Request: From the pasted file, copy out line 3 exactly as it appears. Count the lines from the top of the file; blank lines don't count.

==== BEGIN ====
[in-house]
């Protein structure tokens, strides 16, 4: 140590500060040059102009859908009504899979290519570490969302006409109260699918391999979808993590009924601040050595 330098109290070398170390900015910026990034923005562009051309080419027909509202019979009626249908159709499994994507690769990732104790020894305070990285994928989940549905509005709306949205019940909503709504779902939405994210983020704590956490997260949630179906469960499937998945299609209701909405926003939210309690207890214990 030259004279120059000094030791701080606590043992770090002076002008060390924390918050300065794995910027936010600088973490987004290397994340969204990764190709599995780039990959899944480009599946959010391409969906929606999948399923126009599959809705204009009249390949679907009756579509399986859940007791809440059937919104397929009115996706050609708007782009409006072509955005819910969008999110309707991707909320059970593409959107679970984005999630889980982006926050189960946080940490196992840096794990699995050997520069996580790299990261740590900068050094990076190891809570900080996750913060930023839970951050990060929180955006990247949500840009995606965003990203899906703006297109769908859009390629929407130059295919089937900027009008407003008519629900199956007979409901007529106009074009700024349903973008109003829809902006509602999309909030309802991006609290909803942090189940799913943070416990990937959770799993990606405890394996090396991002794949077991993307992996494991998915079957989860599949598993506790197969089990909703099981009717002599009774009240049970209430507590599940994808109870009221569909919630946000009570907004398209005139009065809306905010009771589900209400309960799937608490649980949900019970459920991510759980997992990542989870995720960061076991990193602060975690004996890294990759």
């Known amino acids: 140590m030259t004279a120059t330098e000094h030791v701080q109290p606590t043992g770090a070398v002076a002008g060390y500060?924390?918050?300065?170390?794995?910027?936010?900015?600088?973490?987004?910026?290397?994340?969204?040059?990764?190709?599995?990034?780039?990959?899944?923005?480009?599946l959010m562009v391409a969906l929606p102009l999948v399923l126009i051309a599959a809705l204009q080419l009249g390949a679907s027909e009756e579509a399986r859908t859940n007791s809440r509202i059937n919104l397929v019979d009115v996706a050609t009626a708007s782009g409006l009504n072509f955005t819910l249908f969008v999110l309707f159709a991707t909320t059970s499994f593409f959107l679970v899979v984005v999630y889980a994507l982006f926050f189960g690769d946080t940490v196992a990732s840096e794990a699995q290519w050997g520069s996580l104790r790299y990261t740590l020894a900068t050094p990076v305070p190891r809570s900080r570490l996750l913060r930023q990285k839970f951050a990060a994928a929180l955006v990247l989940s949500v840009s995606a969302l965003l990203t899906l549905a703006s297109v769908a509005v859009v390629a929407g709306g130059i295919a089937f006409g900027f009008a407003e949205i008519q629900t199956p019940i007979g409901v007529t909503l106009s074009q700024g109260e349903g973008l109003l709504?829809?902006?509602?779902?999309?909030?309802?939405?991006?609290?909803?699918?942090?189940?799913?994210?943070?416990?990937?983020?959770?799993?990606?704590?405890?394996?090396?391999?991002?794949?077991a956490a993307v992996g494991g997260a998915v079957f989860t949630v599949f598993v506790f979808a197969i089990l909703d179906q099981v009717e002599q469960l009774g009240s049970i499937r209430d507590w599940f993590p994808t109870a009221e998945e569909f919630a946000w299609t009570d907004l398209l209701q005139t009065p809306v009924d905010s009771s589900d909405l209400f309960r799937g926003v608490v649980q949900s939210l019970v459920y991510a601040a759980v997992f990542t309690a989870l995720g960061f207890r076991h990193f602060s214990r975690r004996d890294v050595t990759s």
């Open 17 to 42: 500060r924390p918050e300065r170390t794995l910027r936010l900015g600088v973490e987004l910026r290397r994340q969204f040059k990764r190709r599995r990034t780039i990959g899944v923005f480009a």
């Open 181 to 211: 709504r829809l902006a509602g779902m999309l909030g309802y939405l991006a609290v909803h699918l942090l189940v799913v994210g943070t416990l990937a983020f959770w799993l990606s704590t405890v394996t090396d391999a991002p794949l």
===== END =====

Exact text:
């Known amino acids: 140590m030259t004279a120059t330098e000094h030791v701080q109290p606590t043992g770090a070398v002076a002008g060390y500060?924390?918050?300065?170390?794995?910027?936010?900015?600088?973490?987004?910026?290397?994340?969204?040059?990764?190709?599995?990034?780039?990959?899944?923005?480009?599946l959010m562009v391409a969906l929606p102009l999948v399923l126009i051309a599959a809705l204009q080419l009249g390949a679907s027909e009756e579509a399986r859908t859940n007791s809440r509202i059937n919104l397929v019979d009115v996706a050609t009626a708007s782009g409006l009504n072509f955005t819910l249908f969008v999110l309707f159709a991707t909320t059970s499994f593409f959107l679970v899979v984005v999630y889980a994507l982006f926050f189960g690769d946080t940490v196992a990732s840096e794990a699995q290519w050997g520069s996580l104790r790299y990261t740590l020894a900068t050094p990076v305070p190891r809570s900080r570490l996750l913060r930023q990285k839970f951050a990060a994928a929180l955006v990247l989940s949500v840009s995606a969302l965003l990203t899906l549905a703006s297109v769908a509005v859009v390629a929407g709306g130059i295919a089937f006409g900027f009008a407003e949205i008519q629900t199956p019940i007979g409901v007529t909503l106009s074009q700024g109260e349903g973008l109003l709504?829809?902006?509602?779902?999309?909030?309802?939405?991006?609290?909803?699918?942090?189940?799913?994210?943070?416990?990937?983020?959770?799993?990606?704590?405890?394996?090396?391999?991002?794949?077991a956490a993307v992996g494991g997260a998915v079957f989860t949630v599949f598993v506790f979808a197969i089990l909703d179906q099981v009717e002599q469960l009774g009240s049970i499937r209430d507590w599940f993590p994808t109870a009221e998945e569909f919630a946000w299609t009570d907004l398209l209701q005139t009065p809306v009924d905010s009771s589900d909405l209400f309960r799937g926003v608490v649980q949900s939210l019970v459920y991510a601040a759980v997992f990542t309690a989870l995720g960061f207890r076991h990193f602060s214990r975690r004996d890294v050595t990759s």